Thursday, 12 February 2015

Ice interlude

Winter seems to have come and gone as a brief interlude since the last posting;  A brief spell of snow gave the reserve some winter scenery for the first time in a couple of years:
Like the snow goose its provenance was limited - Frank Bell:
The northerly winds delivered upon them a respectable two Iceland gulls - separate birds on consecutive nights of the 30th and 31st found by Martin as per usual.  A med gull, yellow legged gull and lesser black backed gull have perhaps been more telling of this winter all present on the 25th.  North Marsh was inviting enough for this stoat snapped by Darren Smith galloping on the ice:
As the weather last week was so clement it seemed perfect for a dip; Mike gets stuck in below - only an inch of ice to get through to the warm mud beneath:
Many of you will have followed our otter holt build last year and to be fair we are still awaiting a first resident.  That said it is suspected mink had moved in whilst the camera was down in recent months - and we are at last seemingly on top of our mink infestation with credit to Chris who was ensuring the traps ran 7 days a week.  Hull University student Stefan Rooke's study with trail cameras appears to show no further activity after the 7th mink of autumn / winter and 8th in the last twelve months was caught two weeks ago - the worst run since Peter Izzard started trapping over 10 years ago.  Many have asked if the water vole population will have survived - and it certainly will have.  If they coped with mink running freely for many years they'll cope with a few individuals for a few weeks and are one of those species designed to explode again in numbers within a couple of generations.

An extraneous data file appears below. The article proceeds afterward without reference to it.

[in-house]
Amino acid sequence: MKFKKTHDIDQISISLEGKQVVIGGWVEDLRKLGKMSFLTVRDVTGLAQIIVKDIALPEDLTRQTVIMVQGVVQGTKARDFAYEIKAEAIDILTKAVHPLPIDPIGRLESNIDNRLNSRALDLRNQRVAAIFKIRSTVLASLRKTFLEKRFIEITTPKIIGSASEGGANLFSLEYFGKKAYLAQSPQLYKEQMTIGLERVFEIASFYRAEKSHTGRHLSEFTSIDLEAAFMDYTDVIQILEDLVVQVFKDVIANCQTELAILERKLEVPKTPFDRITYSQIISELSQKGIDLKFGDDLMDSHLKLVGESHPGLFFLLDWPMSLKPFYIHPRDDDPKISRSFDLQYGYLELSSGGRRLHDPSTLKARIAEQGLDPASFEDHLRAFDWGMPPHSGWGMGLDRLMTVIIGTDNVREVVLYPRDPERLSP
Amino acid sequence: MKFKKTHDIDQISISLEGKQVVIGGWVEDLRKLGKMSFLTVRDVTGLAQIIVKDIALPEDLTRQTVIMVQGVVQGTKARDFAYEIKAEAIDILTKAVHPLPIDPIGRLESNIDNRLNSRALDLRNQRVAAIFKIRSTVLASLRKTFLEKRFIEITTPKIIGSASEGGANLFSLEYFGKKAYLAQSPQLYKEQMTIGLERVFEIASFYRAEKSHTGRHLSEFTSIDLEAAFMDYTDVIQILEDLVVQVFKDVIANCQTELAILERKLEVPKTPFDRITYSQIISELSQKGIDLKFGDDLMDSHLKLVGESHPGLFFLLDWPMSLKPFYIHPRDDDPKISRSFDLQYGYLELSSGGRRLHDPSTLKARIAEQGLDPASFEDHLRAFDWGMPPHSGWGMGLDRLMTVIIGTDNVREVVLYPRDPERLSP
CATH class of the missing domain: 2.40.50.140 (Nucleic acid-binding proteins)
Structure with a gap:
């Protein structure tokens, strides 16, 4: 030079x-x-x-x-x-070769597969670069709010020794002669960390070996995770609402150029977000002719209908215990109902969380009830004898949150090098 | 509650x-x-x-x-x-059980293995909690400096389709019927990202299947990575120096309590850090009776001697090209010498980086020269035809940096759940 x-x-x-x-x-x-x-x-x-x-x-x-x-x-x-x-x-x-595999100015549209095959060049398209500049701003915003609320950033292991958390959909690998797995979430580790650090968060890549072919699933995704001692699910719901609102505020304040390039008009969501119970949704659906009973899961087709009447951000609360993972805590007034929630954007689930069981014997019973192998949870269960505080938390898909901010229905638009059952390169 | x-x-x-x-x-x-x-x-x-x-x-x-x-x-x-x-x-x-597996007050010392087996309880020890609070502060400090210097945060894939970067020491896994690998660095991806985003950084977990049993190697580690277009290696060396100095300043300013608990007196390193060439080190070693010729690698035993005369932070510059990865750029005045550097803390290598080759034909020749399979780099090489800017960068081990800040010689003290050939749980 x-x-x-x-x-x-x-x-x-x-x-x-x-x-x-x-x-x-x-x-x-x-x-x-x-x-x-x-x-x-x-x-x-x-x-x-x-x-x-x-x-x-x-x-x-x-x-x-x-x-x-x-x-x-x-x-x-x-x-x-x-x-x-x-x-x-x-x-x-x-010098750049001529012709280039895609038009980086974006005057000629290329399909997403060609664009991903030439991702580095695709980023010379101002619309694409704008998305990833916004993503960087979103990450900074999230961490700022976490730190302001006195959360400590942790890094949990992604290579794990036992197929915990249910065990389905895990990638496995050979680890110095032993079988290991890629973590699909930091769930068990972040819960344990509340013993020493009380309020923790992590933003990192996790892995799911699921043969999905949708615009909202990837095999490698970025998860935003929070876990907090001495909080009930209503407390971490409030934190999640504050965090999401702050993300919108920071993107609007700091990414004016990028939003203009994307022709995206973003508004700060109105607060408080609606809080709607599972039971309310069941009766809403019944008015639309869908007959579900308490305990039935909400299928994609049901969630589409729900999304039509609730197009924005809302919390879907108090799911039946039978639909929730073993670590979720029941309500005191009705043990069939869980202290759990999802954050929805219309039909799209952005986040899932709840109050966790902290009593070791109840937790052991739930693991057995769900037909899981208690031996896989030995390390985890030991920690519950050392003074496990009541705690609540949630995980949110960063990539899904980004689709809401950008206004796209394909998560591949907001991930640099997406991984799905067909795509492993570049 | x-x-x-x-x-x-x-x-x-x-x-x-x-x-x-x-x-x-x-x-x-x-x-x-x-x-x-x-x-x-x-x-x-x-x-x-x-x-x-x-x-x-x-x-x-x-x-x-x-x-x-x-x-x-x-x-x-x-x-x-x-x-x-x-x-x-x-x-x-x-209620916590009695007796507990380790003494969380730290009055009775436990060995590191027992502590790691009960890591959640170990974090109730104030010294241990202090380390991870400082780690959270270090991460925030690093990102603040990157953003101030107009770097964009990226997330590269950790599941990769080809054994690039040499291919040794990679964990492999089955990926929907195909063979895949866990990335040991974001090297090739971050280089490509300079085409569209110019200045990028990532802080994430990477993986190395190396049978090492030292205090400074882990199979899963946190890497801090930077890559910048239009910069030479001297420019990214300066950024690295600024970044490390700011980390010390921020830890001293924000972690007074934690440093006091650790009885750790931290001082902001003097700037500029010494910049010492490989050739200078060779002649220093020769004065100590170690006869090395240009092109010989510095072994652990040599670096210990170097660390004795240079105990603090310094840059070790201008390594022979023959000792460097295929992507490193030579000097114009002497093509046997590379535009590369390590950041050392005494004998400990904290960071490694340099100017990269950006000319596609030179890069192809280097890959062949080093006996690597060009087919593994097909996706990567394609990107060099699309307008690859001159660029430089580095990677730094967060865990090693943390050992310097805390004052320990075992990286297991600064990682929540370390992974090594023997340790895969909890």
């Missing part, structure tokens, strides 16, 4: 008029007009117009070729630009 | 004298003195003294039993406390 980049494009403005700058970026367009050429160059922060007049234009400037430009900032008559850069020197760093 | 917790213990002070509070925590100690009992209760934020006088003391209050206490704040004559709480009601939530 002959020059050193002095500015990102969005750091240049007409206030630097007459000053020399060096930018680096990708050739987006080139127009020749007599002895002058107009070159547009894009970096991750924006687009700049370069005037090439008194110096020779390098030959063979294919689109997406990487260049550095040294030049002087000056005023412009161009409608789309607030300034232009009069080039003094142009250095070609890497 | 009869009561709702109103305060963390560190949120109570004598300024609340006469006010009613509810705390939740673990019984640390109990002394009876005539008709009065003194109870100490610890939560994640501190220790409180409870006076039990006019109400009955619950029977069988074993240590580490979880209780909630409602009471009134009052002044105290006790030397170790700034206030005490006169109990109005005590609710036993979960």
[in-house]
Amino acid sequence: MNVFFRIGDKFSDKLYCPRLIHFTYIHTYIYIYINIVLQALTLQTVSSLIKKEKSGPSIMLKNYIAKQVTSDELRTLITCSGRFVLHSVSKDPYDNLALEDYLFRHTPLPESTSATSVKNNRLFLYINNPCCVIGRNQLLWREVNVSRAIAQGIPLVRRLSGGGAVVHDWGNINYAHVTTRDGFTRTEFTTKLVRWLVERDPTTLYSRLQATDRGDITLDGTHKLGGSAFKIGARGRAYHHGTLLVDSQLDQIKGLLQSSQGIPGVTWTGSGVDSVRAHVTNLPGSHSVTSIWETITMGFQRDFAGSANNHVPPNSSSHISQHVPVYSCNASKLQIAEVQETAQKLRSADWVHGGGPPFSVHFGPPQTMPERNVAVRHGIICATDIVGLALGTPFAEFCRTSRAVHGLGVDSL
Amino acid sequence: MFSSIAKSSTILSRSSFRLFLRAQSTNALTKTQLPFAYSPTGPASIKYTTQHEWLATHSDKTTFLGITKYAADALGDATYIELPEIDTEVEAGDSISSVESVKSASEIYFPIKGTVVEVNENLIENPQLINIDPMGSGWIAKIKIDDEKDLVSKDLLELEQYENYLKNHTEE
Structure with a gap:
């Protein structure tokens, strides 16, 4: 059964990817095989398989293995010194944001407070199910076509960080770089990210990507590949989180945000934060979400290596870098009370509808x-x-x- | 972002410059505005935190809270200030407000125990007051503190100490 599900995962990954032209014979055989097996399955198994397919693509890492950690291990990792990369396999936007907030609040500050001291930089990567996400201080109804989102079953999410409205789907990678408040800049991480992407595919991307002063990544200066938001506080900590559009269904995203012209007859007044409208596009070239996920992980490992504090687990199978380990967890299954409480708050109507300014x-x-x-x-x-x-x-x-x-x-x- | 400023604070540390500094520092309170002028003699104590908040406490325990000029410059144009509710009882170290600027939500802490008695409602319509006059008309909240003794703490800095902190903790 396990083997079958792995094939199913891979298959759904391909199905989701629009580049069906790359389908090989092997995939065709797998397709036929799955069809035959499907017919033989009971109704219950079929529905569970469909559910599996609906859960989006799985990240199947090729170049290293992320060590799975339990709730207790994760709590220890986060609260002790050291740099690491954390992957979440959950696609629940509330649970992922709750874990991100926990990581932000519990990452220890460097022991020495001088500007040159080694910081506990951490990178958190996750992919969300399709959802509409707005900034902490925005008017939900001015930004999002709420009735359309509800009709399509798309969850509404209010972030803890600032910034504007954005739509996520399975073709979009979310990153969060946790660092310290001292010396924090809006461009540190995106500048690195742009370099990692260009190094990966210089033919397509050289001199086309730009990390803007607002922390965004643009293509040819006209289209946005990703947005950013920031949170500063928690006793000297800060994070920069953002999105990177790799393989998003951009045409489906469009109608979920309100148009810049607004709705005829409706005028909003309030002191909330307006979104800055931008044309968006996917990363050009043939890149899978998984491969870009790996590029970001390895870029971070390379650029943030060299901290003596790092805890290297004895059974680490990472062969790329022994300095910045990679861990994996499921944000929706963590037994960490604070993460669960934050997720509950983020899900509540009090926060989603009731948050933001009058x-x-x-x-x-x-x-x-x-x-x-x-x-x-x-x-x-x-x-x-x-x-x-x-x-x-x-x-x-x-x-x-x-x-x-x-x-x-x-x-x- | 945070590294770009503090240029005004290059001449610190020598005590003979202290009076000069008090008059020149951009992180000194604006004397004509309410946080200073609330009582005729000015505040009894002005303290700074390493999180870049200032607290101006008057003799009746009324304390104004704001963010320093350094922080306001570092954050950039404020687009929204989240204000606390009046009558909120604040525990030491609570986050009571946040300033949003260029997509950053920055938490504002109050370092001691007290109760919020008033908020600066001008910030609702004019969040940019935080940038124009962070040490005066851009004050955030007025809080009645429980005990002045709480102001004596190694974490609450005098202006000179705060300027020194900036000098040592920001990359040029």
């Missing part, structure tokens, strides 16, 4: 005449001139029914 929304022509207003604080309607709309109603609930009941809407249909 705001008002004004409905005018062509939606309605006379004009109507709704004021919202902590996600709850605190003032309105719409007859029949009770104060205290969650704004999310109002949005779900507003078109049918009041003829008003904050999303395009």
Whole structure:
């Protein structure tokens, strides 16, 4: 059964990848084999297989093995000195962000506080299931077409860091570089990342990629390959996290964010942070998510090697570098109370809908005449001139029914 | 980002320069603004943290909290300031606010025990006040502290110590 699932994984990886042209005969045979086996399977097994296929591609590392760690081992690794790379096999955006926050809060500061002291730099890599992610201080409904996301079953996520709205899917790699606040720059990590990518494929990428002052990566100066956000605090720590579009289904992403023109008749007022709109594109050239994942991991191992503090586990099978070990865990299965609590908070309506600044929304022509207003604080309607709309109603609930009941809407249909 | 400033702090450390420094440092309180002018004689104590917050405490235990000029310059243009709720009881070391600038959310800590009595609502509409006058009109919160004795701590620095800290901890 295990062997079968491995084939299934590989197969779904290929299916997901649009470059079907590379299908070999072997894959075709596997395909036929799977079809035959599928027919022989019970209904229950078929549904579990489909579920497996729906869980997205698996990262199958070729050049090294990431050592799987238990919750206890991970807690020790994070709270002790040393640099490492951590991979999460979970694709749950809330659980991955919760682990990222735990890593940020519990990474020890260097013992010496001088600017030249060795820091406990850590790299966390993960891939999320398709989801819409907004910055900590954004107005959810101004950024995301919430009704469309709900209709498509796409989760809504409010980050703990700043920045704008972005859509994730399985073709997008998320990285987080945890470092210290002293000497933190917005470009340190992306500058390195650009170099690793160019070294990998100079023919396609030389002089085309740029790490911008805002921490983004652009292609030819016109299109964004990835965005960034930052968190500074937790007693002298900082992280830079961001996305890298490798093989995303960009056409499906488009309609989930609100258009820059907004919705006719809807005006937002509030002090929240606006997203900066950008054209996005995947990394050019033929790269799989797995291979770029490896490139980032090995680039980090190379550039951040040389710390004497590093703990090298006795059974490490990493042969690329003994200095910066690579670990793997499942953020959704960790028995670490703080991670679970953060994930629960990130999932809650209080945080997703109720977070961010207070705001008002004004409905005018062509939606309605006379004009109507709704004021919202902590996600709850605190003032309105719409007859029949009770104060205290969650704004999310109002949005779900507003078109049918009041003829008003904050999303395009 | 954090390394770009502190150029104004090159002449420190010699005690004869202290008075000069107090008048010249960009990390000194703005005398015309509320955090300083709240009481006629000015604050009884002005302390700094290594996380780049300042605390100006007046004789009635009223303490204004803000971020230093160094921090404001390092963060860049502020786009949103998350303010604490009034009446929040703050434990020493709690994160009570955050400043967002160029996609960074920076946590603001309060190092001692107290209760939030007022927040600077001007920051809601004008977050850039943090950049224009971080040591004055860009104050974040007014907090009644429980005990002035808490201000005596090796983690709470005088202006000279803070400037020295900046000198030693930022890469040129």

Part of the issue with attracting otters has been that the access dyke dug at great effort by the team last year had silted back up again meaning any investigative otter would have to wade through two foot of silt.  To rectify this we have dammed one end of the dyke and then pumped out all the sludge.  We've then used sycamore withies to create bank protection and stop the mud slumping again - Rob and Harry weaving:
Hopefully otters like this one snapped by Steve Brimble the other day are not far off:
To undertake this we needed to lower North Marsh which coincided nicely with the need to flood Hempholme Meadow as part of its annual management to kill off dry land loving weeds.  This also forces many invertebrates to the soil surface which makes good feeding for wetland birds.  Untold numbers of snipe are in the meadow with the barn owl flushing multiples as it flew above the rushes looking for displaced field voles.   But perhaps the star bird here has been the water rail with five present today and yielding some good photo ops (on the facebook page). We've elevated the level again today so expect more rail activity over the weekend.  Little egret passes overhead by Roy Lyon:
Elsewhere the usual candidates are still about - drake scaup and red crested pochard on D reservoir - Brian Colley:
A nice drake pintail has been around on site and small numbers of curlew and redshank present on Watton.  But really its spring in the air with woodpeckers creating a cacophony around the car park at the moment.  For us its a race against time now trying to finish all the tree work before bird breeding season - generally reckoned to be circa March 15th when the first dunnock nests start appearing.  Here managing dyke-side willow pollards with the team last weekend:
So regardless of what the tail end of winters throws up - spring's well and truly here as far as we can see with both goldeneye and the red arrows in display - Brian Colley: